Friday, January 06, 2012

Some Details on the Mission WiFi Project

I've been working on a project to get WiFi hotspots throughout the city. The ultimate goal is to have access to the Internet from anywhere in town. The challenge is coming up with some kind of incentive to get businesses to participate by donating their bandwidth. After all, they pay good money for it. 

I'm thinking of approaching this from two different angles. For businesses, there is a marketing/advertising angle. For the consumer, we'll need to go along a Wireless ISP approach, with distribution points back to the consumer. 

I'm still figuring out the best approach to ensure that we have enough bandwidth for everybody. In the meantime, little islands of WiFi throughout town, in an advertising pool is the best idea I could dream up. 

This means knocking on doors and offering to set up hotspots with 1 Mb connections for visitors; it's best not to abuse the business participant. 

Advertising Co-op?

By hosting a hotspot, the business can have their website and facebook page added to the splash page rotation. This isn't too exciting with one or two hotspots; but, imagine that I got around to 50 hotspots. What if each hotspot has 3 or 4 users per day (on the low end)? That means 150 to 200 page impressions per day to cross-promote all the participant websites. Some locations will have more users, meaning that the number could be greater. If you have a website and it's not seeing the traffic you think it should, then showing it to wifi users throughout town is good exposure. It is a source of Facebook likes that may never have happened.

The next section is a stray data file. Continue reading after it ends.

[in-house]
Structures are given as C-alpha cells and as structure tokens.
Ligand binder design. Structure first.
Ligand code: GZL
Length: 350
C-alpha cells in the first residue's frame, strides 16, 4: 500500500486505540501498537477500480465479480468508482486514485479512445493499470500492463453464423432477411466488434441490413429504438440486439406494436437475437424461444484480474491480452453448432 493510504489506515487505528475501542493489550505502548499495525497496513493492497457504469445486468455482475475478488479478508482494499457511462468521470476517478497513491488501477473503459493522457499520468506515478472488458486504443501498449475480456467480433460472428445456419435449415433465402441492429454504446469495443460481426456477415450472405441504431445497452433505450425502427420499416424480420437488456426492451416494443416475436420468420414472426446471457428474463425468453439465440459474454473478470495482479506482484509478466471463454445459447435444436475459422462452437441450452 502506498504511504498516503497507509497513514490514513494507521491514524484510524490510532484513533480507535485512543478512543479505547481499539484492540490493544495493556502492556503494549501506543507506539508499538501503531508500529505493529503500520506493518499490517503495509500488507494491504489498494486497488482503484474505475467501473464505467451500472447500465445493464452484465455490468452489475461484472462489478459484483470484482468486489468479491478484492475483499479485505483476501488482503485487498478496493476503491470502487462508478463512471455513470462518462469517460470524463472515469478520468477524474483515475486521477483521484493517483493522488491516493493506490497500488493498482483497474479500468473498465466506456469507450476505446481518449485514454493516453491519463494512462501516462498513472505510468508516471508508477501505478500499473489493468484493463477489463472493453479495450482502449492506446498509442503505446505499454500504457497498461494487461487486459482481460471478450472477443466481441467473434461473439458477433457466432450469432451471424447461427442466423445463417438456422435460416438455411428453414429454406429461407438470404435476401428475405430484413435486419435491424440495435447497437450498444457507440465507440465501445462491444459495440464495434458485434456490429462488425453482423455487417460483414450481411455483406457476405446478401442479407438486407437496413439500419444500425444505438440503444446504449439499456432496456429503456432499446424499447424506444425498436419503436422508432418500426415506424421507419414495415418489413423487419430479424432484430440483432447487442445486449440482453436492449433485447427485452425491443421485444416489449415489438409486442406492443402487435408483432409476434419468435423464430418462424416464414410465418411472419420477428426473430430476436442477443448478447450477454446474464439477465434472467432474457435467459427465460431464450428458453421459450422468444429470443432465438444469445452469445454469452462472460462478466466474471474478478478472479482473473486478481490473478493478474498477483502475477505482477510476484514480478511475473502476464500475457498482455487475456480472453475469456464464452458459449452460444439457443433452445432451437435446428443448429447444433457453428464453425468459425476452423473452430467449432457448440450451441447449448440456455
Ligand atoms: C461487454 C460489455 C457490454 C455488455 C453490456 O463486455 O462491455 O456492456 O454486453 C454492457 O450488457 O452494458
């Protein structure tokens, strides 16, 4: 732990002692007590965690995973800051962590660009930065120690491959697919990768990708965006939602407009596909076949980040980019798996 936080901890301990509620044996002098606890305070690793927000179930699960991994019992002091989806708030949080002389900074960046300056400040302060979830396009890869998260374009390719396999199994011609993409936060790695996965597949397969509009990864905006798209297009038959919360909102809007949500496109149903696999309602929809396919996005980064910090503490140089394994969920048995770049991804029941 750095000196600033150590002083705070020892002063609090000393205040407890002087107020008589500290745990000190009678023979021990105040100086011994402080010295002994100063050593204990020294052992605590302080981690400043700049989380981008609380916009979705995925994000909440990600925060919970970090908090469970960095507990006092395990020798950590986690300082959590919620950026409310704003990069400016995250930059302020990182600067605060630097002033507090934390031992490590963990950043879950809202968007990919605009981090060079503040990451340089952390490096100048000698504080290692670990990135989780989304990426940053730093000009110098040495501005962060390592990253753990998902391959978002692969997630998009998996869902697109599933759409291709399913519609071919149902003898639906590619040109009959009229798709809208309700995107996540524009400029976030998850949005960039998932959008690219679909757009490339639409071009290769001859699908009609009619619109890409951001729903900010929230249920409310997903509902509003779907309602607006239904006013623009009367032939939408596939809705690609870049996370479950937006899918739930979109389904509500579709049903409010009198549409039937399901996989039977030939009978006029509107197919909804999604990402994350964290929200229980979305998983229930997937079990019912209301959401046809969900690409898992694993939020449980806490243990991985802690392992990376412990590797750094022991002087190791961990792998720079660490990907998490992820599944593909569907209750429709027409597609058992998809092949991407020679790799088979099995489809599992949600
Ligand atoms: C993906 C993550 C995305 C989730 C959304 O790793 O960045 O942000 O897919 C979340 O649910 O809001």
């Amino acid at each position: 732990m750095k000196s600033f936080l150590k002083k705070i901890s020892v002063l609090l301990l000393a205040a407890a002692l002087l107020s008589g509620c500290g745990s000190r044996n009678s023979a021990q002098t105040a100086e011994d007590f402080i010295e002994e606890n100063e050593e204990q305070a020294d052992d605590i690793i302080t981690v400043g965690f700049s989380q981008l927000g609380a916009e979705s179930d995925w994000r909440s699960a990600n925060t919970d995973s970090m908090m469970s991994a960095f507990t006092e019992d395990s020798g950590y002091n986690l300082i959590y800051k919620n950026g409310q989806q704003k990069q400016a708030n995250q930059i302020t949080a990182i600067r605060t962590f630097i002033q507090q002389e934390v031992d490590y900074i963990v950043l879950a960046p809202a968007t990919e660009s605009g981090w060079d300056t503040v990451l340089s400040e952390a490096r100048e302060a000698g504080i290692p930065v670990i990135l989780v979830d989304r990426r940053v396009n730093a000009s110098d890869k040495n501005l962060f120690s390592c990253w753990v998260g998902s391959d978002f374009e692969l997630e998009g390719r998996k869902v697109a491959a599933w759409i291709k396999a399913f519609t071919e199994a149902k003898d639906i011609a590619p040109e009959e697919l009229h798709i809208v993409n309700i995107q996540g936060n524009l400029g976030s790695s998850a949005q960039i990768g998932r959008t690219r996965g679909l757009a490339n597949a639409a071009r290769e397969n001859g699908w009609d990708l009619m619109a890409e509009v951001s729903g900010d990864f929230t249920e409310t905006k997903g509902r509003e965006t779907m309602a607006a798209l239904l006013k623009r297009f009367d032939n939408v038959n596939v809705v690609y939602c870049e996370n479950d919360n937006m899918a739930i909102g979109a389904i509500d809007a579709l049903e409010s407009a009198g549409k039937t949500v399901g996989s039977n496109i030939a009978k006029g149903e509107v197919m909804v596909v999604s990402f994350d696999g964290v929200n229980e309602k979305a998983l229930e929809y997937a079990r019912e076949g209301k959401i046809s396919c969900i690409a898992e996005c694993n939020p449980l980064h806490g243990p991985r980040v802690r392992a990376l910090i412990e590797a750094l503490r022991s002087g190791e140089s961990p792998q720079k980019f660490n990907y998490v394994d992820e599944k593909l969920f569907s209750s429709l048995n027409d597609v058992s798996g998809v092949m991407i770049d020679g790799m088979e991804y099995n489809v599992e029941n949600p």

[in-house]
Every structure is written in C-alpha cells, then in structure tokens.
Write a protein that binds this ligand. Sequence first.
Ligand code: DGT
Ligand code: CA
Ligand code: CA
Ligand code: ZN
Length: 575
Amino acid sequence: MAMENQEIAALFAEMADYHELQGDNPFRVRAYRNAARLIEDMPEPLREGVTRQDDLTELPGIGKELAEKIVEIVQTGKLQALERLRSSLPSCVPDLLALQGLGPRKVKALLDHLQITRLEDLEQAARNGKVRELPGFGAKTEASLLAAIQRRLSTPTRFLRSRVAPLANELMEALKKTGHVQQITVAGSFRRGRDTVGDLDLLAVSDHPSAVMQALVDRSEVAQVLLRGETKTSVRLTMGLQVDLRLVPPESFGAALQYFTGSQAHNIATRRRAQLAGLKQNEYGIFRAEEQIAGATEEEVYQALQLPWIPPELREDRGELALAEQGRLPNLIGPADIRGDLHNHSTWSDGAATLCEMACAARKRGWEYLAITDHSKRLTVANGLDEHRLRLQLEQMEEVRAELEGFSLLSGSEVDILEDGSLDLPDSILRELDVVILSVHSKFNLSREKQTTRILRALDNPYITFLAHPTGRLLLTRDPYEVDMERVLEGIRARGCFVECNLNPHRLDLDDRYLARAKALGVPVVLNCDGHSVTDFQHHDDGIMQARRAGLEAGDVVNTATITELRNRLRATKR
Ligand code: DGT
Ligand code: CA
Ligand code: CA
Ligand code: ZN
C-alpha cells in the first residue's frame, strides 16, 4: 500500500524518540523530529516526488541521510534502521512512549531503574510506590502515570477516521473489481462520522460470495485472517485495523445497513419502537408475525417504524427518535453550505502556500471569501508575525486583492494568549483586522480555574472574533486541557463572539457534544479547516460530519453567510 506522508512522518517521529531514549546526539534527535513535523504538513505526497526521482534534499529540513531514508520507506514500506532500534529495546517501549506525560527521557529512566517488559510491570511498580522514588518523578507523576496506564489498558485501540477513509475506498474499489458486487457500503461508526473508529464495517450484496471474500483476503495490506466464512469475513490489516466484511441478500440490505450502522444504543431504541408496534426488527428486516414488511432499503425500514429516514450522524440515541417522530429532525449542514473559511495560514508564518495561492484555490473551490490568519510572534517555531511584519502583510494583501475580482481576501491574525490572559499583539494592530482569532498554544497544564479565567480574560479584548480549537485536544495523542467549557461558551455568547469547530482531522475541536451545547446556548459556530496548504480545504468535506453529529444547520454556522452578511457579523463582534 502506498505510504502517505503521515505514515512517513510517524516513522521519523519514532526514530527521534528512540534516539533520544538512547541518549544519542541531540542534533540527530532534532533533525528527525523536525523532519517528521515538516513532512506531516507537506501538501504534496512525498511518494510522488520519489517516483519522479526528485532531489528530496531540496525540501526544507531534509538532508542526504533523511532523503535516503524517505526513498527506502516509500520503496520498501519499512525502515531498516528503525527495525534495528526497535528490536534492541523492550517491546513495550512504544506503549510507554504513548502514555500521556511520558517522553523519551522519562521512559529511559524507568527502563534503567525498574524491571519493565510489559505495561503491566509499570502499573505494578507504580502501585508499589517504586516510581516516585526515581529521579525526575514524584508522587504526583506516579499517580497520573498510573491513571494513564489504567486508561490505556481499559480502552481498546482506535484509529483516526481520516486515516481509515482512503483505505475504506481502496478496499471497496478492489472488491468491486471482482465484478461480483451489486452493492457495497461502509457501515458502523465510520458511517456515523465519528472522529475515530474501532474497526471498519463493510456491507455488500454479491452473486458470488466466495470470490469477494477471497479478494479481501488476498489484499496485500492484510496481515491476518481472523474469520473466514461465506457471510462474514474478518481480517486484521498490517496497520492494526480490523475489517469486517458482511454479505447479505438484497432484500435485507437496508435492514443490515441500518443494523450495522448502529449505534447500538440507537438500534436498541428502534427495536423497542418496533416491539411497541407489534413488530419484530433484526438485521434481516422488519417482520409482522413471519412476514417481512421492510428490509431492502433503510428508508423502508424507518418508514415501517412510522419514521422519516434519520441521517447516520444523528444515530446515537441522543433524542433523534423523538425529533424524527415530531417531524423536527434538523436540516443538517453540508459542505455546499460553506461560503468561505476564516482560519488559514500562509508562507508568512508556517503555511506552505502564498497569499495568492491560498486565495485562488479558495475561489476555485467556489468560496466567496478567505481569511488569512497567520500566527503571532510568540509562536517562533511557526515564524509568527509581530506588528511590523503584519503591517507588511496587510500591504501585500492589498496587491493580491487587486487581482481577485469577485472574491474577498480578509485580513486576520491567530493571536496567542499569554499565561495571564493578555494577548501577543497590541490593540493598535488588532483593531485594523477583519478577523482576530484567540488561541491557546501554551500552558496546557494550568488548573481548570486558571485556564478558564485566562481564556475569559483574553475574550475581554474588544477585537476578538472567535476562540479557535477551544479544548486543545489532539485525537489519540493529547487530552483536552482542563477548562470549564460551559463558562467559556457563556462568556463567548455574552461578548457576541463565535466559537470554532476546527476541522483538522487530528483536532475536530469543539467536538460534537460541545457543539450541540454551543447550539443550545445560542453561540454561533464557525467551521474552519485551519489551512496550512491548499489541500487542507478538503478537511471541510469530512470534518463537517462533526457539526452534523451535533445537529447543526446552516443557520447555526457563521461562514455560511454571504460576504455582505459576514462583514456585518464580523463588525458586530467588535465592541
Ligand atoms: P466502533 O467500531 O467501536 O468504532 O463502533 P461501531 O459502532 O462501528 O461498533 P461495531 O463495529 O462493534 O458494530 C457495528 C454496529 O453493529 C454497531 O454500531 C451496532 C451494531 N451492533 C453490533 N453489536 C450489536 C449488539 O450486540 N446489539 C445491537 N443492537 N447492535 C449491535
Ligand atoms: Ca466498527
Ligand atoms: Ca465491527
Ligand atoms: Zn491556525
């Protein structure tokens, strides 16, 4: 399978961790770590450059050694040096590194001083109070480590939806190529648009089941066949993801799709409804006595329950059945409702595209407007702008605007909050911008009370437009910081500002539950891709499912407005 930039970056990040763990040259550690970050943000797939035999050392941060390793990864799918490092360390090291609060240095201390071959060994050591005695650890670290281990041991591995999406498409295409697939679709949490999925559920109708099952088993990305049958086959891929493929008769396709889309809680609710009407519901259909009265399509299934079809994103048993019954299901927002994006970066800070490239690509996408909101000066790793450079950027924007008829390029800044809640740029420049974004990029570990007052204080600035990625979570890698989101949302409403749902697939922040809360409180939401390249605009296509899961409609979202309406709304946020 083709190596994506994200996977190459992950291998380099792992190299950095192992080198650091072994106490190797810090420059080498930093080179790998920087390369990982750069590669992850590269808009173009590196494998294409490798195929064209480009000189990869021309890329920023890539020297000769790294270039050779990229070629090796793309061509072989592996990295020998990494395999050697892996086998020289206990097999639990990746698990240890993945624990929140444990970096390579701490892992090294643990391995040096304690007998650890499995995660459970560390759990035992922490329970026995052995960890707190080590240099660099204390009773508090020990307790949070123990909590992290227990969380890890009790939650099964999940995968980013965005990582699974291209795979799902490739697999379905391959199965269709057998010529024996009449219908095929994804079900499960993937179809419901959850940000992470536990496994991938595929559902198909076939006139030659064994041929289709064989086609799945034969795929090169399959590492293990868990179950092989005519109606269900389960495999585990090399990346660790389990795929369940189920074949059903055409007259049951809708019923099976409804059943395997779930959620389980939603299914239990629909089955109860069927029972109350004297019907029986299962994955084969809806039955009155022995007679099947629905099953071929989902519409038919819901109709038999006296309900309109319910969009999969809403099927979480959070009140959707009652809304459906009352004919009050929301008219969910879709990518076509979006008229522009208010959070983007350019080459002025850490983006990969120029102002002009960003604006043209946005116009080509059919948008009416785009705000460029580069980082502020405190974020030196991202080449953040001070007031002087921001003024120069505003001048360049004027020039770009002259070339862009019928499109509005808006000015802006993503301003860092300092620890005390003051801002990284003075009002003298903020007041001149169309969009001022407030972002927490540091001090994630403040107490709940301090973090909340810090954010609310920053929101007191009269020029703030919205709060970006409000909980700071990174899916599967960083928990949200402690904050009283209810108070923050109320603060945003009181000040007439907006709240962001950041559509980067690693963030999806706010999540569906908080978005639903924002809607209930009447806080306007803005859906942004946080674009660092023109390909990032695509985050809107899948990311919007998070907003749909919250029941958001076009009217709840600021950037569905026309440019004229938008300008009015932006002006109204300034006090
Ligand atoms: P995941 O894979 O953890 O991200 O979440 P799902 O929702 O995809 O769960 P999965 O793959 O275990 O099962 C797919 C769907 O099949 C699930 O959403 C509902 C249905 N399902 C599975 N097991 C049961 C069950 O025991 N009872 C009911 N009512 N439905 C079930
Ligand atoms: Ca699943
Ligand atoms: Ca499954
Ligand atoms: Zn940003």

If there are 100 businesses with hotspots, that's 400 impressions or more distributed per day. 

On the technical end, imagine 100 businesses donating 1 Mb of bandwidth. Concurrently, that's 100 Mb of Internet flowing. What would that cost on a monthly basis? In this case, picking up bandwidth spare change adds up. 

For the moment, that's a bit ambitious. We only have 3 hotspots active. But, it's not too ambitious; there are well over 1000 businesses in Mission, Texas (an understatement). 

In the long-term, the trick will be to find a way to aggregate that bandwidth and redistribute it to low-income areas of town. You'd be willing to endure a few ads in exchange for free Internet, right? 

But, that may be far down the road. In the meantime, I need to get over my shyness to go knock on some doors. 

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